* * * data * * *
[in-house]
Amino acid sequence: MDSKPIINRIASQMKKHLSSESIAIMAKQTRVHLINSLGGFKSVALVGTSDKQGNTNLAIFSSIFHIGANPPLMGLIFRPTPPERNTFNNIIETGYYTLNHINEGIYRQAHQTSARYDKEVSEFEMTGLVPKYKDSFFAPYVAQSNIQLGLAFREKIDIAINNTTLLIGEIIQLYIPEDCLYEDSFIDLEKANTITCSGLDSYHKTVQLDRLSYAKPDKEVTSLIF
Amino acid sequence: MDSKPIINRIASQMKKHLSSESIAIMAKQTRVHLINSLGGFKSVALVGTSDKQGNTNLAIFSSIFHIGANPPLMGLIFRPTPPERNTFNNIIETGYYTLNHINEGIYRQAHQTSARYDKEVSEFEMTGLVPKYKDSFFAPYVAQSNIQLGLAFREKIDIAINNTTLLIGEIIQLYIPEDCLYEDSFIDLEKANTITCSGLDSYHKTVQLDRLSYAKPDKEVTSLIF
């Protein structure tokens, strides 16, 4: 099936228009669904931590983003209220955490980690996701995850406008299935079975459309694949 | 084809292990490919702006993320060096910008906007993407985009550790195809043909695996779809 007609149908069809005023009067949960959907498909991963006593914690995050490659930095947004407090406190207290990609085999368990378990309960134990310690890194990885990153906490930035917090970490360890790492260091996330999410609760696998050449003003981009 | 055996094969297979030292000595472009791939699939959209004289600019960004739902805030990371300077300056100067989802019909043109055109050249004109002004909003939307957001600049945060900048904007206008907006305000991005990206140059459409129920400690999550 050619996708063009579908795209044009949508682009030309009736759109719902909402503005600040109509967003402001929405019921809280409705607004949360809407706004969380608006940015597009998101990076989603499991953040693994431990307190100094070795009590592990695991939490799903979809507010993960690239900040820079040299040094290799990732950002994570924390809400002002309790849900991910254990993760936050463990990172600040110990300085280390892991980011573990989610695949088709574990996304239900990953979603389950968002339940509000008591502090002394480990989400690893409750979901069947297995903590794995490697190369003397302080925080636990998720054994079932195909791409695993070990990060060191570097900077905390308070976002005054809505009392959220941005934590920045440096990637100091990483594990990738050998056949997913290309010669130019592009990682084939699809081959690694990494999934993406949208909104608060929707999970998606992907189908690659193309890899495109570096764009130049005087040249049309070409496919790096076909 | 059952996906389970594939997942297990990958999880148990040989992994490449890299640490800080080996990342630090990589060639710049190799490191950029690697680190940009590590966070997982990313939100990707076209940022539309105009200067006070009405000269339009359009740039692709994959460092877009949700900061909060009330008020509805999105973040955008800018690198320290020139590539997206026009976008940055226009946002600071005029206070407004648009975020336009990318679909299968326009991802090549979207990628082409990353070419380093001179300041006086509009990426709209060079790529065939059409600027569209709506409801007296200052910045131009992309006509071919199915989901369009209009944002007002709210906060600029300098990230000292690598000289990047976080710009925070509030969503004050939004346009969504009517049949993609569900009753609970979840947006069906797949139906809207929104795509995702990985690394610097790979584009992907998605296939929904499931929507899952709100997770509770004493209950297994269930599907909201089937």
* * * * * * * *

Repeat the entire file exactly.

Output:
[in-house]
Amino acid sequence: MDSKPIINRIASQMKKHLSSESIAIMAKQTRVHLINSLGGFKSVALVGTSDKQGNTNLAIFSSIFHIGANPPLMGLIFRPTPPERNTFNNIIETGYYTLNHINEGIYRQAHQTSARYDKEVSEFEMTGLVPKYKDSFFAPYVAQSNIQLGLAFREKIDIAINNTTLLIGEIIQLYIPEDCLYEDSFIDLEKANTITCSGLDSYHKTVQLDRLSYAKPDKEVTSLIF
Amino acid sequence: MDSKPIINRIASQMKKHLSSESIAIMAKQTRVHLINSLGGFKSVALVGTSDKQGNTNLAIFSSIFHIGANPPLMGLIFRPTPPERNTFNNIIETGYYTLNHINEGIYRQAHQTSARYDKEVSEFEMTGLVPKYKDSFFAPYVAQSNIQLGLAFREKIDIAINNTTLLIGEIIQLYIPEDCLYEDSFIDLEKANTITCSGLDSYHKTVQLDRLSYAKPDKEVTSLIF
């Protein structure tokens, strides 16, 4: 099936228009669904931590983003209220955490980690996701995850406008299935079975459309694949 | 084809292990490919702006993320060096910008906007993407985009550790195809043909695996779809 007609149908069809005023009067949960959907498909991963006593914690995050490659930095947004407090406190207290990609085999368990378990309960134990310690890194990885990153906490930035917090970490360890790492260091996330999410609760696998050449003003981009 | 055996094969297979030292000595472009791939699939959209004289600019960004739902805030990371300077300056100067989802019909043109055109050249004109002004909003939307957001600049945060900048904007206008907006305000991005990206140059459409129920400690999550 050619996708063009579908795209044009949508682009030309009736759109719902909402503005600040109509967003402001929405019921809280409705607004949360809407706004969380608006940015597009998101990076989603499991953040693994431990307190100094070795009590592990695991939490799903979809507010993960690239900040820079040299040094290799990732950002994570924390809400002002309790849900991910254990993760936050463990990172600040110990300085280390892991980011573990989610695949088709574990996304239900990953979603389950968002339940509000008591502090002394480990989400690893409750979901069947297995903590794995490697190369003397302080925080636990998720054994079932195909791409695993070990990060060191570097900077905390308070976002005054809505009392959220941005934590920045440096990637100091990483594990990738050998056949997913290309010669130019592009990682084939699809081959690694990494999934993406949208909104608060929707999970998606992907189908690659193309890899495109570096764009130049005087040249049309070409496919790096076909 | 059952996906389970594939997942297990990958999880148990040989992994490449890299640490800080080996990342630090990589060639710049190799490191950029690697680190940009590590966070997982990313939100990707076209940022539309105009200067006070009405000269339009359009740039692709994959460092877009949700900061909060009330008020509805999105973040955008800018690198320290020139590539997206026009976008940055226009946002600071005029206070407004648009975020336009990318679909299968326009991802090549979207990628082409990353070419380093001179300041006086509009990426709209060079790529065939059409600027569209709506409801007296200052910045131009992309006509071919199915989901369009209009944002007002709210906060600029300098990230000292690598000289990047976080710009925070509030969503004050939004346009969504009517049949993609569900009753609970979840947006069906797949139906809207929104795509995702990985690394610097790979584009992907998605296939929904499931929507899952709100997770509770004493209950297994269930599907909201089937």